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Categories: Movie Reviews

Yi Ling Huang examines Denis Villeneuve’s straight-talking sci-fi powerhouse Arrival.


How do you communicate with someone who doesn’t understand the same language? What if that someone is a ‘something’, with little first-hand knowledge of human interaction or experience of life on Earth?

Arrival tackles these questions head-on, exploring how linguist Dr. Louise Banks (Amy Adams) and other humans communicate with visiting life forms from outer space. Based on ‘Story of Your Life’, a short story by Ted Chiang, the movie weaves in different types of challenges when it comes to communication – between humans and aliens, among humans, and between the narrative and its viewers.

Director Denis Villeneuve conveys the same intimate sense of realism in Arrival that drove his 2015 offering, Sicario. Full-length shots, dramatic sounds and extraterrestrial visualisations of gravity set the scene in Arrival, but the film shines the brightest when observing Louise.

The film extensively portrays her point of view, the narrative rarely still as it flashes between the present and scenes from different times in her life. She is the touchpoint that viewers can align themselves to. Whether she is calling Colonel Weber (Forest Whitaker)’s bluff or assessing physicist Ian Donnelly (Jeremy Renner)’s usefulness to the mission, she is the constant in these strange circumstances.


Seeing the world through Louise’s experiences allows the viewer to engage with events in what we assume is real time. To illustrate: Louise enters a nearly-empty lecture hall. Her students’ cellphones start beeping frantically. One of them asks her to turn on the news. It unfolds through her facial expressions, announcing the arrival of alien objects. The camera follows her, sometimes a beat off, daring viewers to notice its presence, and to acknowledge their own part in the narrative.

Events unfurl gracefully, the narrative holding back on significant plot points as Louise and Ian meet two of the aliens, which Ian dubs ‘Abbot’ and ‘Costello’. When the film reveals the concept behind the aliens’ language, it treats viewers to a delicious sense of irony. These visitors do not communicate as humans do. When the two species do communicate, the effect is a revelation, in terms of the different ways in which their languages frame time. This allows the narrative to open up to another dimension seamlessly, as the present flits to and from other timelines.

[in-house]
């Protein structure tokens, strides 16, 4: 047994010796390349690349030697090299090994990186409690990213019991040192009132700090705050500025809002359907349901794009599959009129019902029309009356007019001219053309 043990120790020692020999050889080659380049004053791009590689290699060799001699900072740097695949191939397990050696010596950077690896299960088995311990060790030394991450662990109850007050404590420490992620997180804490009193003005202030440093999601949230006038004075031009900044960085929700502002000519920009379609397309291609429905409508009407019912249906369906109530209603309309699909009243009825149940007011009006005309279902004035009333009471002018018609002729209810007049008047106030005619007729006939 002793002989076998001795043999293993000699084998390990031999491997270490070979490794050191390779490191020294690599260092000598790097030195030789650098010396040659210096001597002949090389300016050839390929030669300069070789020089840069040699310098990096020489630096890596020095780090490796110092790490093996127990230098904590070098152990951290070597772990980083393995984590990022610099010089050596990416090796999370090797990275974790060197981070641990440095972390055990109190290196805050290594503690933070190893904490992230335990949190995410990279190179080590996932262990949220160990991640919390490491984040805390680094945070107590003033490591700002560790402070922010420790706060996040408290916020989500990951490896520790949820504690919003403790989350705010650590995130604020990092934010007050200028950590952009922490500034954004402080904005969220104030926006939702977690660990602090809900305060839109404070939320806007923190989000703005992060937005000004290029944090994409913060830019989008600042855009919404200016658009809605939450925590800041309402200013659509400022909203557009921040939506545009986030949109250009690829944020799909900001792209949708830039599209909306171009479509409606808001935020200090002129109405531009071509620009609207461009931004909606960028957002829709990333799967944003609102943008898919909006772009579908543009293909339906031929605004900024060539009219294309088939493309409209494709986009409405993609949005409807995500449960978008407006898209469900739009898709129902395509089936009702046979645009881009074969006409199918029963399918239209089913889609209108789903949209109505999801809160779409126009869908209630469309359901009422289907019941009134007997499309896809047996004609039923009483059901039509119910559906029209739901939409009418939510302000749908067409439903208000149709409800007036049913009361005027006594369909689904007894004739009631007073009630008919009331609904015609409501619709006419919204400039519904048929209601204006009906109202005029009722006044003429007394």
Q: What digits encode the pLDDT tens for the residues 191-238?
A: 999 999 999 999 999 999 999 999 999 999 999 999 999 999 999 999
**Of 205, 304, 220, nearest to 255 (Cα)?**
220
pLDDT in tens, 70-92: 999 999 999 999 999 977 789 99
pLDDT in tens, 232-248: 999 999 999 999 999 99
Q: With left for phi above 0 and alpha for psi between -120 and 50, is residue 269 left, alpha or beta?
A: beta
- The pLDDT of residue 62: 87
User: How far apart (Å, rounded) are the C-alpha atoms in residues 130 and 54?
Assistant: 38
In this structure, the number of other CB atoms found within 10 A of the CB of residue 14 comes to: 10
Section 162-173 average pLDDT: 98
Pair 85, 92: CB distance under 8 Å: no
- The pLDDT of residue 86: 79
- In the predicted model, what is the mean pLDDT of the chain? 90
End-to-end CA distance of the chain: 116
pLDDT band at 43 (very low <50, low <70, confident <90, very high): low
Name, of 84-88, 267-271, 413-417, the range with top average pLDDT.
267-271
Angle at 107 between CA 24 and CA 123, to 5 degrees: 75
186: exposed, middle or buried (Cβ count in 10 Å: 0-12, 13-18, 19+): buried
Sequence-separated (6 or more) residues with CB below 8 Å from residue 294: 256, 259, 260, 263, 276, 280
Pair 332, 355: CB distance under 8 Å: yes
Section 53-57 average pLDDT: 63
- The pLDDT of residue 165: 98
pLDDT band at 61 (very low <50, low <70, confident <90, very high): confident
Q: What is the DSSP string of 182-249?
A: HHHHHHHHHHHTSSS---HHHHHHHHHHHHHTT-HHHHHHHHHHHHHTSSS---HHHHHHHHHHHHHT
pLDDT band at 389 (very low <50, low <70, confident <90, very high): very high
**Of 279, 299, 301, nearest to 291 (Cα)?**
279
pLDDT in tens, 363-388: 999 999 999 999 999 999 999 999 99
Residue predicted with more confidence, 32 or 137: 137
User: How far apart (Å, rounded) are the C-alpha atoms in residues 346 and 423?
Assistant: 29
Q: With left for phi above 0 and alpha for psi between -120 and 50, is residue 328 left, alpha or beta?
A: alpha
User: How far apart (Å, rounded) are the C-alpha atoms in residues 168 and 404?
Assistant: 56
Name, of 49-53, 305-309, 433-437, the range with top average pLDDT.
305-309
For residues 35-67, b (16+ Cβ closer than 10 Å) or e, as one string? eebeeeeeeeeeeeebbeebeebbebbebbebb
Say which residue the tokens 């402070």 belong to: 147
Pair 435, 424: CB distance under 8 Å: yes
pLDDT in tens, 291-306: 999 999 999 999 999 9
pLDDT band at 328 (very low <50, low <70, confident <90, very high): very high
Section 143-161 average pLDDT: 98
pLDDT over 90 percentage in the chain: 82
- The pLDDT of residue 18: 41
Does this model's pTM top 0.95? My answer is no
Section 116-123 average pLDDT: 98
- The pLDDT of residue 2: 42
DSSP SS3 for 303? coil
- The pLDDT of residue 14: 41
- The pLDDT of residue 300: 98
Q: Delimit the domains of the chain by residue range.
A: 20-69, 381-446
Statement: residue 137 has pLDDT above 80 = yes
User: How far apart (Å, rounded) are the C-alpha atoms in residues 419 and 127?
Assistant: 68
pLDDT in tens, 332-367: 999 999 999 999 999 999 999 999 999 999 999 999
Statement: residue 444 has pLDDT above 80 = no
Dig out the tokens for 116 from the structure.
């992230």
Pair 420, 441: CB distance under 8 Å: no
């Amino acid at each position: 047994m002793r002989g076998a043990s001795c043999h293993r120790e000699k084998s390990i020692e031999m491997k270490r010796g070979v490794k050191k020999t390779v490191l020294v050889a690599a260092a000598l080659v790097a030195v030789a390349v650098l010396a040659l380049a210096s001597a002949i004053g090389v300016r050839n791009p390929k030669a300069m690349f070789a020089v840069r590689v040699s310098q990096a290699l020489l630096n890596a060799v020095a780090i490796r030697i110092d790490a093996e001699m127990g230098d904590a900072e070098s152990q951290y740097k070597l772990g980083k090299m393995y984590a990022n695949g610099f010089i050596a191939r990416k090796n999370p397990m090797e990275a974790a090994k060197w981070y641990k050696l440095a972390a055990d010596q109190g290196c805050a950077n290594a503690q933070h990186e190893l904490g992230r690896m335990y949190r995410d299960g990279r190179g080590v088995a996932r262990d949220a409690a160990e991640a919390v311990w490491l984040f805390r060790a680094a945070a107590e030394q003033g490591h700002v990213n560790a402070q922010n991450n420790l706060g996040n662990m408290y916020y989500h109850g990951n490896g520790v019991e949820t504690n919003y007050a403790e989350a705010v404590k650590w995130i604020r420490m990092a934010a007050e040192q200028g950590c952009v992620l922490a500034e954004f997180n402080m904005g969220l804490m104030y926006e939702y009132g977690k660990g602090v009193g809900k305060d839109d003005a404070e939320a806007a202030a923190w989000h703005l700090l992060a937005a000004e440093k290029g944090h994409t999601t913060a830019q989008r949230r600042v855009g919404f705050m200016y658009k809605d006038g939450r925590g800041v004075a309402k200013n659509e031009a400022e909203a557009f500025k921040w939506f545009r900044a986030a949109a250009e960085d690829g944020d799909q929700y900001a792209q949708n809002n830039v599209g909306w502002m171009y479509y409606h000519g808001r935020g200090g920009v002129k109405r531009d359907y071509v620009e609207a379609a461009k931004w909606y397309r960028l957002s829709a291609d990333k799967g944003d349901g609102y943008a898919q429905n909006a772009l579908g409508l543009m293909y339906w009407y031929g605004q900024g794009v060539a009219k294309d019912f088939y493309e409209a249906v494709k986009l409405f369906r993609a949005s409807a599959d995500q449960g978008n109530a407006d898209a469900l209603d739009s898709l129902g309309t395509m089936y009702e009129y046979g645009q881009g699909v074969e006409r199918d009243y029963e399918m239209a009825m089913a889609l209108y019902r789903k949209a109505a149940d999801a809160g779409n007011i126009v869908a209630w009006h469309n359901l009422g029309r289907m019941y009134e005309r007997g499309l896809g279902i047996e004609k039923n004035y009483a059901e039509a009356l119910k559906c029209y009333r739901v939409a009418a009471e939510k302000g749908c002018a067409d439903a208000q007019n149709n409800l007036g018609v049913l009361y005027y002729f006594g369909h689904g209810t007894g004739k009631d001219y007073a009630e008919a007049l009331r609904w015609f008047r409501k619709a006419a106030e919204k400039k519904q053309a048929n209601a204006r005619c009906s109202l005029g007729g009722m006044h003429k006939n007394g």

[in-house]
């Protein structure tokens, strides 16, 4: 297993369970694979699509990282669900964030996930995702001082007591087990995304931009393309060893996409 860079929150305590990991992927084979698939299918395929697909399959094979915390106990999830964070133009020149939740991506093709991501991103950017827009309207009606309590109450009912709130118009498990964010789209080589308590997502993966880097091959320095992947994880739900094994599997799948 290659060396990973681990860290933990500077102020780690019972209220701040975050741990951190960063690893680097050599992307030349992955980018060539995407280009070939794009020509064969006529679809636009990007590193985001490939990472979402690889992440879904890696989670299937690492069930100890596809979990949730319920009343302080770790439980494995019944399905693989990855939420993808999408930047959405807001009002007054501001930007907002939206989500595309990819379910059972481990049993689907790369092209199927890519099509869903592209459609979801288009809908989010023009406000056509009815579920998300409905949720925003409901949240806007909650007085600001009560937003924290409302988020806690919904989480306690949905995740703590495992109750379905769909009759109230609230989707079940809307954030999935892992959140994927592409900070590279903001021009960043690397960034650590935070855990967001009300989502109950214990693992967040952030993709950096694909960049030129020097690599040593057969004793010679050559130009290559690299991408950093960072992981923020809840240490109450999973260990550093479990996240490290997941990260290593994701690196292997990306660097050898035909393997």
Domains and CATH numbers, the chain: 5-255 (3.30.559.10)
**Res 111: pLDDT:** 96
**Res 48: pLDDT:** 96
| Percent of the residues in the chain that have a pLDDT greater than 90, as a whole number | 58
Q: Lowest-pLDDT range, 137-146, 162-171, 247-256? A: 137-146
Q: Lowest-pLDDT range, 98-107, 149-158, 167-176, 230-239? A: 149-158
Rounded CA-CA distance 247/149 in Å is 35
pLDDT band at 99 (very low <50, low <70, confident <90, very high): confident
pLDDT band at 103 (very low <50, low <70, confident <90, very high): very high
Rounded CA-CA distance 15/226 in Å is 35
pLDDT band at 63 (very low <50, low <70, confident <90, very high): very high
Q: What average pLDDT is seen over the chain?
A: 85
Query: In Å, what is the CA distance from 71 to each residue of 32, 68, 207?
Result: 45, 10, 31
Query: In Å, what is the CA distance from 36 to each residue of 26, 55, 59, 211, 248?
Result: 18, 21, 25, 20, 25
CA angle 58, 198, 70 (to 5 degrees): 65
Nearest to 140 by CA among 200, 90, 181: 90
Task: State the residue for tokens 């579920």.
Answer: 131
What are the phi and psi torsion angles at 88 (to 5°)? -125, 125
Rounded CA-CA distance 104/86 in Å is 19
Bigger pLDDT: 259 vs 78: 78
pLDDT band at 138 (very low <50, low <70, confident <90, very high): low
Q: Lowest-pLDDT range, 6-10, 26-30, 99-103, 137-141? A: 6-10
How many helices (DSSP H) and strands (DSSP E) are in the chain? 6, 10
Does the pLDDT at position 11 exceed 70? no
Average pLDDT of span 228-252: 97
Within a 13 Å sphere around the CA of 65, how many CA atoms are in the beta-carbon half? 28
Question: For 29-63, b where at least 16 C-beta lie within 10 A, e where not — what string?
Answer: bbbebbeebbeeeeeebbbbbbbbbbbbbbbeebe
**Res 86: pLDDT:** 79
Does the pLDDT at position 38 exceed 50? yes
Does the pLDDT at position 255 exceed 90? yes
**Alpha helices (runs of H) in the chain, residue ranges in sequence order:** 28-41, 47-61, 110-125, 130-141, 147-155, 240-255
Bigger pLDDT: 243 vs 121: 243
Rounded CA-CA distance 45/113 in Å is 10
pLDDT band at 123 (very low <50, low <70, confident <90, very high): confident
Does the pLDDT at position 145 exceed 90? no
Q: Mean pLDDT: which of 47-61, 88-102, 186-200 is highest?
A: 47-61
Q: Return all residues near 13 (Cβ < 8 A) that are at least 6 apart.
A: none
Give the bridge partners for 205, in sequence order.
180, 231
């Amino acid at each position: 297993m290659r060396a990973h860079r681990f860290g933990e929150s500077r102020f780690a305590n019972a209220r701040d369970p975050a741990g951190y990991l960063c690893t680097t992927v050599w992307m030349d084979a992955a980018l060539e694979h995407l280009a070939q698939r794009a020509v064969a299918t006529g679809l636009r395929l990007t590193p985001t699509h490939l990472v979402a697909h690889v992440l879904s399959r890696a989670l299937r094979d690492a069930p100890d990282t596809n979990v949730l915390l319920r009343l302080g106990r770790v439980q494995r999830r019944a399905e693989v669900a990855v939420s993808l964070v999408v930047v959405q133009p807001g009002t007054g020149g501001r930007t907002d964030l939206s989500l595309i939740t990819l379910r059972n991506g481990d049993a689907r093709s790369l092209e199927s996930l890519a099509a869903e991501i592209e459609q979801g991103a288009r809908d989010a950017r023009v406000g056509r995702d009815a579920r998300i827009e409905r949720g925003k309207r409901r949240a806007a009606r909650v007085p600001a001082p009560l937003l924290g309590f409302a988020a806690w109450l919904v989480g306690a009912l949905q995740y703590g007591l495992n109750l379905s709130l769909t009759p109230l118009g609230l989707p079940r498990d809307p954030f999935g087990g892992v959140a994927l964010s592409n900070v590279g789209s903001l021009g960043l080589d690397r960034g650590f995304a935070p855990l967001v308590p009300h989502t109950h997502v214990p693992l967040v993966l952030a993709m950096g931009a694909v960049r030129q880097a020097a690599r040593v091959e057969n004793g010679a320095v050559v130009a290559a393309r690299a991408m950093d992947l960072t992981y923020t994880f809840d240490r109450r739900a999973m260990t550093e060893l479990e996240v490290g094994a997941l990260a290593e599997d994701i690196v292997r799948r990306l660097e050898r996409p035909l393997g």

Arrival combines scientific rationalisation and an arthouse sensibility, augmenting them with big-budget production values. It is not quite a film ‘about aliens’, but a film in which aliens feature. It shies away from alien-movie stereotypes of Independence Day-style action or E.T.-esque feel-good vibes. Instead, it traverses a realm less travelled, its plot bringing to the fore more conceptual notions, like connection, memory and loss.


The obverse of communication is miscommunication, and the film thrives in the confusion. “We need to make sure that they understand the difference between a weapon and a tool,“ declares Louise in a critical situation. “Language is messy and sometimes one can be both.”

Miscommunication rather than communication appears to be the underlying theme of Arrival. The aliens communicate through sophisticated shapes teeming with inherent opportunities for misinterpretation, while governments refuse to communicate through official channels. Even the film’s narrative itself instructs and dissembles, before coming into clear focus right at the very end.

Arrival will be released in UK cinemas on November 10th and US cinemas on November 11th.


Yi Ling is a content strategist, editor, writer and photographer who has been blogging since 2003. For more of her work check out her website here: https://onthenew.wordpress.com

Posted on Nov 1, 2016

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